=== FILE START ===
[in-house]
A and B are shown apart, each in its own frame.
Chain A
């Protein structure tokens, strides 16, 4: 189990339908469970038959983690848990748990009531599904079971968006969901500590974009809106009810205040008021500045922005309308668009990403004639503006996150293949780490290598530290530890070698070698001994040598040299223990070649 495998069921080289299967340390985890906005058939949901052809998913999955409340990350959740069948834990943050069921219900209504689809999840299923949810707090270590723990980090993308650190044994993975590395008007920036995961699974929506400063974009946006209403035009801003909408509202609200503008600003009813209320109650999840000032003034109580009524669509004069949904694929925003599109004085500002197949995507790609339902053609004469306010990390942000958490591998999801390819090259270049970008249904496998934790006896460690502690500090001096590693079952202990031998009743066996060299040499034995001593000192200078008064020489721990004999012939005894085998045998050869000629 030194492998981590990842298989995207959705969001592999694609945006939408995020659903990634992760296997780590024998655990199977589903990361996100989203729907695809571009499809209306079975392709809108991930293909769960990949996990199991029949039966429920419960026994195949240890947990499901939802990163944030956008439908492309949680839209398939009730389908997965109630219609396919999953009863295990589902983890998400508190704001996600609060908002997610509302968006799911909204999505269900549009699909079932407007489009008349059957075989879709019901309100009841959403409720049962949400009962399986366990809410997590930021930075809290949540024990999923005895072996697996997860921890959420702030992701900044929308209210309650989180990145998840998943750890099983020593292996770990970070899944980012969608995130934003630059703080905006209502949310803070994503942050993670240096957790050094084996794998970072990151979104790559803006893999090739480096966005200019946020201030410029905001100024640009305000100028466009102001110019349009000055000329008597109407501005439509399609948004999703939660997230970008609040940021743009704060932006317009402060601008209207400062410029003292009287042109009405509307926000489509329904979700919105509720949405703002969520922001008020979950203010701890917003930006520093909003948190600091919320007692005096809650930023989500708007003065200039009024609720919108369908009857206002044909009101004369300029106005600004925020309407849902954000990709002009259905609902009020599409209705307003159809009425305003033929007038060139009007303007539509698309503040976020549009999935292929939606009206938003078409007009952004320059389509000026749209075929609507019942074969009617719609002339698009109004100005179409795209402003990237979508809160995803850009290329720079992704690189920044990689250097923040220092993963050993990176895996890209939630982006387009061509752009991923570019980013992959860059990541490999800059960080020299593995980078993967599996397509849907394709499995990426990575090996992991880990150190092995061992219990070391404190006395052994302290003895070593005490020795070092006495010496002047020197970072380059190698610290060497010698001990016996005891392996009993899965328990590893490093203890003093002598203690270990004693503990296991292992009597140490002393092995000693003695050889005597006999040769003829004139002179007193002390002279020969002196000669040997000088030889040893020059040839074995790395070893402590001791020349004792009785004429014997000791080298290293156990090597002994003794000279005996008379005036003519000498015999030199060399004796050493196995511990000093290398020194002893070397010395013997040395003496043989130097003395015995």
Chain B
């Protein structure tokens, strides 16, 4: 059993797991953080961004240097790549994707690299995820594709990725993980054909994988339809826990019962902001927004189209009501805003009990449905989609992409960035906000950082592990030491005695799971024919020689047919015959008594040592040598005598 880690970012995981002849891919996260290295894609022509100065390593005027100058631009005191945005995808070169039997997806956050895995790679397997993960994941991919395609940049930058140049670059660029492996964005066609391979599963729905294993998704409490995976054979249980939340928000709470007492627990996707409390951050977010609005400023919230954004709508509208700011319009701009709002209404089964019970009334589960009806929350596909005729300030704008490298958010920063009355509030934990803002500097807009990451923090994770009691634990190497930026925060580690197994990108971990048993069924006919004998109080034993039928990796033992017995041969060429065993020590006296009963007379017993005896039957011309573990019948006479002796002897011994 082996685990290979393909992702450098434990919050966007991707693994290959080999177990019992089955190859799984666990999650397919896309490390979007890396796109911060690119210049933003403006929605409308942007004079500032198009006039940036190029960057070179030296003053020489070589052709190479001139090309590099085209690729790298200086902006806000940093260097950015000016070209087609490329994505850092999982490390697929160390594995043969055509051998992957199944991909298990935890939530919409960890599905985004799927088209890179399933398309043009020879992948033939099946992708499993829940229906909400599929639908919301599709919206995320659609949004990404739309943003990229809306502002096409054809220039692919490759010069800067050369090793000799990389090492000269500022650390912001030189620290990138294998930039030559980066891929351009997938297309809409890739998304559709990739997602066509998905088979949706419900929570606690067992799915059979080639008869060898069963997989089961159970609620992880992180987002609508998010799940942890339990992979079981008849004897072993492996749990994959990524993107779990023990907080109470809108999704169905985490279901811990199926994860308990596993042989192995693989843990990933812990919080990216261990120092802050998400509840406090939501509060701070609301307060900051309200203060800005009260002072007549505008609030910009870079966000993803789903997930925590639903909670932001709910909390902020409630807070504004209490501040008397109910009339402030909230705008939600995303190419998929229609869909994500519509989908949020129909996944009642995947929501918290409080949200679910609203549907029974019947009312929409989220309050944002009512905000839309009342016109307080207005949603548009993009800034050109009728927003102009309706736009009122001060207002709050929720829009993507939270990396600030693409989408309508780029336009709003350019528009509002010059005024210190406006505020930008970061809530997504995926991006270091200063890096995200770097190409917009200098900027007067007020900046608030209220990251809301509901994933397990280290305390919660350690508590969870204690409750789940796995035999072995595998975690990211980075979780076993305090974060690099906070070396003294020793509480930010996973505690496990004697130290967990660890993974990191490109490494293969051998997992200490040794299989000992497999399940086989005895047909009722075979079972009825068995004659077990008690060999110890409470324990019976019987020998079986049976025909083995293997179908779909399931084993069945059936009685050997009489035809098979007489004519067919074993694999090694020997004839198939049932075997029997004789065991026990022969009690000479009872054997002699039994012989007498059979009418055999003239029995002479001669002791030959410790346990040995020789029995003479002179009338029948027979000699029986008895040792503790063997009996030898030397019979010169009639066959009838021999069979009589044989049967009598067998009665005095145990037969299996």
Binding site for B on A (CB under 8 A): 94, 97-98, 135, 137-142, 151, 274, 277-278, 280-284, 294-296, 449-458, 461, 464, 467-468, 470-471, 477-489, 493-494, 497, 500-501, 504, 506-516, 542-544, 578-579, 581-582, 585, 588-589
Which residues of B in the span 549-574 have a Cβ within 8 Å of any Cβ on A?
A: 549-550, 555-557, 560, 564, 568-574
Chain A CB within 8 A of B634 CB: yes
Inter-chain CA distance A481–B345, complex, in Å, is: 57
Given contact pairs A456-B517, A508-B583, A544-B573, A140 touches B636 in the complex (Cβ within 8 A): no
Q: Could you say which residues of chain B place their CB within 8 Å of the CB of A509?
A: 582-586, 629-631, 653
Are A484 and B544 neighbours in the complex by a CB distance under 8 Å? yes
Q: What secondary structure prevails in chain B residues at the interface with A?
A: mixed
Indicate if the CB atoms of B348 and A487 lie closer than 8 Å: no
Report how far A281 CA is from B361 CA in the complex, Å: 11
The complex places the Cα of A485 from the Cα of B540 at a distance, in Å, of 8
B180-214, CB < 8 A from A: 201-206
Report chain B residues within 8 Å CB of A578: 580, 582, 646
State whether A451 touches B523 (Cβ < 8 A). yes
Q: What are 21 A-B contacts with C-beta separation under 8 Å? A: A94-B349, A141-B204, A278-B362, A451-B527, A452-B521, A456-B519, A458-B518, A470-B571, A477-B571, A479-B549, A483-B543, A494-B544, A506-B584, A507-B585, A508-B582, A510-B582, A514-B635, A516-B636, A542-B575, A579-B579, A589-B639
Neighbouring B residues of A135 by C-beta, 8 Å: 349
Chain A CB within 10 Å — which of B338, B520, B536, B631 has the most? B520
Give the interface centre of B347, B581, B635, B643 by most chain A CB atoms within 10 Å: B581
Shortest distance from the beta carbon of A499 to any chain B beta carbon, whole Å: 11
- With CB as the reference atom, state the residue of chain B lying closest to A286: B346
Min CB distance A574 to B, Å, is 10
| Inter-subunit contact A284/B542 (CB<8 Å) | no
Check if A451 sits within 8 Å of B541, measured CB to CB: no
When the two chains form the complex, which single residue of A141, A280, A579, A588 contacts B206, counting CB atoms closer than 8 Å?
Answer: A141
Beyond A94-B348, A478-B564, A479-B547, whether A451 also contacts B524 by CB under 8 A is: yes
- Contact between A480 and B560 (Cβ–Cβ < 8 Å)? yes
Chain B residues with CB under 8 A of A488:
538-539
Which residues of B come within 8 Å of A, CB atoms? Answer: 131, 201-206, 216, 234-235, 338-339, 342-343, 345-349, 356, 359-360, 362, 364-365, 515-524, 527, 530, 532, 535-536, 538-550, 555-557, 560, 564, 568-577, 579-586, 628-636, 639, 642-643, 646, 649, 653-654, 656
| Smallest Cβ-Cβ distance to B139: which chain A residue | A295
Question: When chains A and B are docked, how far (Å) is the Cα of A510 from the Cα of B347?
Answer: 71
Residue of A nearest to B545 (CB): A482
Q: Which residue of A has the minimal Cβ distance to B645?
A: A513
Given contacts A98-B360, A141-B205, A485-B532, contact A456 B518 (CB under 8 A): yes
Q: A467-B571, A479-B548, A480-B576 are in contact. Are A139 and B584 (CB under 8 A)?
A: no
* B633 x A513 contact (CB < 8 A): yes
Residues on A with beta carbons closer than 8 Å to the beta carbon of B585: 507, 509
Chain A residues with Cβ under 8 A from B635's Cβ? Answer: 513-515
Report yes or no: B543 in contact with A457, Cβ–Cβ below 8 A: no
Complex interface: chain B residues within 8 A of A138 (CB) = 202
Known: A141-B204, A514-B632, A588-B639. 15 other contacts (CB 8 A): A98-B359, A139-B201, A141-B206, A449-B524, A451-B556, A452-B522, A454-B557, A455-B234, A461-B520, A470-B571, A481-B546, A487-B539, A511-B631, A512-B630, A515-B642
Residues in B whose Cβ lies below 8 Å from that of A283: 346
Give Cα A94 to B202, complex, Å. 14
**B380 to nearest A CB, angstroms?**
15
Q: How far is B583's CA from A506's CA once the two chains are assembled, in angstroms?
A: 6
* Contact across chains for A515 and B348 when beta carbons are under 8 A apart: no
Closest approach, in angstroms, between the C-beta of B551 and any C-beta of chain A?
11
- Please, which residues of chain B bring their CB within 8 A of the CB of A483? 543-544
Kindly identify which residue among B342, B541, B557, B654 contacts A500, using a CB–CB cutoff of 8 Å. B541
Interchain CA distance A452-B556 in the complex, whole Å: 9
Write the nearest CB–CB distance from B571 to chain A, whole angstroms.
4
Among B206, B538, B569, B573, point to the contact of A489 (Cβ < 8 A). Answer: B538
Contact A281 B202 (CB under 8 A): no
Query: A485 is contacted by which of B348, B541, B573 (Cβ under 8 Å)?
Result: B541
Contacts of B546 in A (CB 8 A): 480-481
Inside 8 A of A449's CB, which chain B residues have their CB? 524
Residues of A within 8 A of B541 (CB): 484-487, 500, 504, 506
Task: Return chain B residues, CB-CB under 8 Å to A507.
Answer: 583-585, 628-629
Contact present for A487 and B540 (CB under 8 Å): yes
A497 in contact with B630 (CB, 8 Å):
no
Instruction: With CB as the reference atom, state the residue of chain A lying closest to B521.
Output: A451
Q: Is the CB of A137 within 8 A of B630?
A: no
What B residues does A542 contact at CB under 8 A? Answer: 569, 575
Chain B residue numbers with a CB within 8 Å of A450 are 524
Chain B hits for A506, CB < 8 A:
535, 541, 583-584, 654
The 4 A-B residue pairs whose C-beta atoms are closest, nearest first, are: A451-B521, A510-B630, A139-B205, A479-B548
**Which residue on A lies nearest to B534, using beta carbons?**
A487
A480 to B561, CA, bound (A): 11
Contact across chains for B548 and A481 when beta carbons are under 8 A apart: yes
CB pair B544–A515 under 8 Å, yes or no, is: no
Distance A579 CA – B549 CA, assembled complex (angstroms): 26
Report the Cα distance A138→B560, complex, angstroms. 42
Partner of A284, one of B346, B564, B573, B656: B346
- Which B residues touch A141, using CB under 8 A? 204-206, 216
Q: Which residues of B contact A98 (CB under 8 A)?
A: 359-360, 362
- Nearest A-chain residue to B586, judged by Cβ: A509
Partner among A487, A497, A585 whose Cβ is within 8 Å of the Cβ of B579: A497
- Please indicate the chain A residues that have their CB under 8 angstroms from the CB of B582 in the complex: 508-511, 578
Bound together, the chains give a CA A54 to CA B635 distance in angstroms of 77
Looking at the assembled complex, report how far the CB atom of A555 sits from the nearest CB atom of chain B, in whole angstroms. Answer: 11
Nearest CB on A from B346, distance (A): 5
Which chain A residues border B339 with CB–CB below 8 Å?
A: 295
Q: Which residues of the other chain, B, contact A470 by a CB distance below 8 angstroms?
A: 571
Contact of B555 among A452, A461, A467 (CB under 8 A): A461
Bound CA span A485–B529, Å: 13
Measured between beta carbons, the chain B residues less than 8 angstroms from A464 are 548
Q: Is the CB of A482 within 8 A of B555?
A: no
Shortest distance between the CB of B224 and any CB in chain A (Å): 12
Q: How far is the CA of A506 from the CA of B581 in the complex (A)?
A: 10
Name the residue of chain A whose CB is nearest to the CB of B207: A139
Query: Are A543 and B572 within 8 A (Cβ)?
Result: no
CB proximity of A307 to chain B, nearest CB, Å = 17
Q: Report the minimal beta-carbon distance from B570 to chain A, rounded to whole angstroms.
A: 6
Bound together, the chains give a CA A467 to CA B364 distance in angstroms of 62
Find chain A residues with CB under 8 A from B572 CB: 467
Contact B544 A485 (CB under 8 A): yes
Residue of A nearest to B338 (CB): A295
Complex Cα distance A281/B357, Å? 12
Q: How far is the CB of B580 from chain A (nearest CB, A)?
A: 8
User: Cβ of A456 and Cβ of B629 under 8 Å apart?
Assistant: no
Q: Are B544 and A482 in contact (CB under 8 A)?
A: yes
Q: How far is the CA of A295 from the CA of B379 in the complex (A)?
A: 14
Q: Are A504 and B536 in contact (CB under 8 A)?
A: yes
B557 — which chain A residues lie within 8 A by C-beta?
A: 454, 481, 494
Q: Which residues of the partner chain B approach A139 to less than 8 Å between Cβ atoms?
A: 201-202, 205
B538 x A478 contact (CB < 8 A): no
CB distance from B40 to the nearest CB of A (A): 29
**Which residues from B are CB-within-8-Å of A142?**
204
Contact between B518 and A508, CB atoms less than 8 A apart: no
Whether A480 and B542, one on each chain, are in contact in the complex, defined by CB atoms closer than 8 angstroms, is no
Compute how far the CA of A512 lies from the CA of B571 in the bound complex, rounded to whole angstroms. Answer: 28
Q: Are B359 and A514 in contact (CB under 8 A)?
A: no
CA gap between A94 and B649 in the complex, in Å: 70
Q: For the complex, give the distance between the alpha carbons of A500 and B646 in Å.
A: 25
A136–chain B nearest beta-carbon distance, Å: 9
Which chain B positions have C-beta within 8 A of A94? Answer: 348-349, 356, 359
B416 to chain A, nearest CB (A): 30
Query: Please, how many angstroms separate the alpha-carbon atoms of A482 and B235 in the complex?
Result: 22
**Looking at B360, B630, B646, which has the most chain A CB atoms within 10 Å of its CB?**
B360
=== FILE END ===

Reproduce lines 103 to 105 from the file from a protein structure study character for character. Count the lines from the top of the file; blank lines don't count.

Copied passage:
- Please indicate the chain A residues that have their CB under 8 angstroms from the CB of B582 in the complex: 508-511, 578
Bound together, the chains give a CA A54 to CA B635 distance in angstroms of 77
Looking at the assembled complex, report how far the CB atom of A555 sits from the nearest CB atom of chain B, in whole angstroms. Answer: 11